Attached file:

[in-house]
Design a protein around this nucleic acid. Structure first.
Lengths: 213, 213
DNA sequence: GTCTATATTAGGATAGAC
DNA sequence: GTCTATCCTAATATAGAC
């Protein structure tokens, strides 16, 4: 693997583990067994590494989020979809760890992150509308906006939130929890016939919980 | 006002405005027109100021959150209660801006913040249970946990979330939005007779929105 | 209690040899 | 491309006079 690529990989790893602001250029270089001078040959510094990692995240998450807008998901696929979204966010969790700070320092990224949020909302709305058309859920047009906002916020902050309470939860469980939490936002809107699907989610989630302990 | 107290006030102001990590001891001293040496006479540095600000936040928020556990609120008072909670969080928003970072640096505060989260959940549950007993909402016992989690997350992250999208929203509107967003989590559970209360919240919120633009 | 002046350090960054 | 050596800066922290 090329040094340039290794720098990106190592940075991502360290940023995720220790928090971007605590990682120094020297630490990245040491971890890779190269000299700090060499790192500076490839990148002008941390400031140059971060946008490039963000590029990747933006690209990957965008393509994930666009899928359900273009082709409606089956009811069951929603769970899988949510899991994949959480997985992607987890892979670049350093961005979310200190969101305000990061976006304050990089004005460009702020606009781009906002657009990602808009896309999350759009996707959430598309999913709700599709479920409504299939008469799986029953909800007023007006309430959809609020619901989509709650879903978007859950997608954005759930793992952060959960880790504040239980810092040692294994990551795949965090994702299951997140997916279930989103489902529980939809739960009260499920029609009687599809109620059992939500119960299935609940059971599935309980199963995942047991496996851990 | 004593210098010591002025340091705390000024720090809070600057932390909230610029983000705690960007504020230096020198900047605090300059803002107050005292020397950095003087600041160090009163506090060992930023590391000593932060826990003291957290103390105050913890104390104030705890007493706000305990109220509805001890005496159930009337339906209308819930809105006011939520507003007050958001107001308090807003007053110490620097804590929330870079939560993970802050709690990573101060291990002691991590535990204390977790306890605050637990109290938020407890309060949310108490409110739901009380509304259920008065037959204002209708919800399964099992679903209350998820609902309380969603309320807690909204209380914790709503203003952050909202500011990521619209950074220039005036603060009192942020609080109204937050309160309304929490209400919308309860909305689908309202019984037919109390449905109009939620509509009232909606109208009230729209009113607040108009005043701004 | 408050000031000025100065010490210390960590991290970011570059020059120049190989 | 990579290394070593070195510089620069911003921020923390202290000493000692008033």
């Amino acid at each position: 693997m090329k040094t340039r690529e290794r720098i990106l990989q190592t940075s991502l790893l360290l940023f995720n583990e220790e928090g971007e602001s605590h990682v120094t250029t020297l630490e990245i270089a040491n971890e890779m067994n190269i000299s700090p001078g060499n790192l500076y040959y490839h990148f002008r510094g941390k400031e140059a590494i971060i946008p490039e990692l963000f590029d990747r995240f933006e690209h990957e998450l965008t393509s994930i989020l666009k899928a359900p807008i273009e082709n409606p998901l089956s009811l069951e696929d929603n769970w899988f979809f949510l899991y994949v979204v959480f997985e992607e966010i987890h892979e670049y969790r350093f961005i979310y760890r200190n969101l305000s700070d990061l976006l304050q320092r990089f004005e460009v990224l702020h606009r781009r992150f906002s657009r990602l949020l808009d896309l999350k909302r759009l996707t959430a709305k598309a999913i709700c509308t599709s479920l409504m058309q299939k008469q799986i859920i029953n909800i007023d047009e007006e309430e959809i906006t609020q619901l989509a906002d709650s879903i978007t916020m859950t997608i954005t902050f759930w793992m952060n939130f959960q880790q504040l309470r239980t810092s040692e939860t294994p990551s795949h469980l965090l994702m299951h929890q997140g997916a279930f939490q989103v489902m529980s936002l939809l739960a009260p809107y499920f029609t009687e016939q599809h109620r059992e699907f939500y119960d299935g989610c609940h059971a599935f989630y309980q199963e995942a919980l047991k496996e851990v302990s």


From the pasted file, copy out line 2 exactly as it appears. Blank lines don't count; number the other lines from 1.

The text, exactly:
Design a protein around this nucleic acid. Structure first.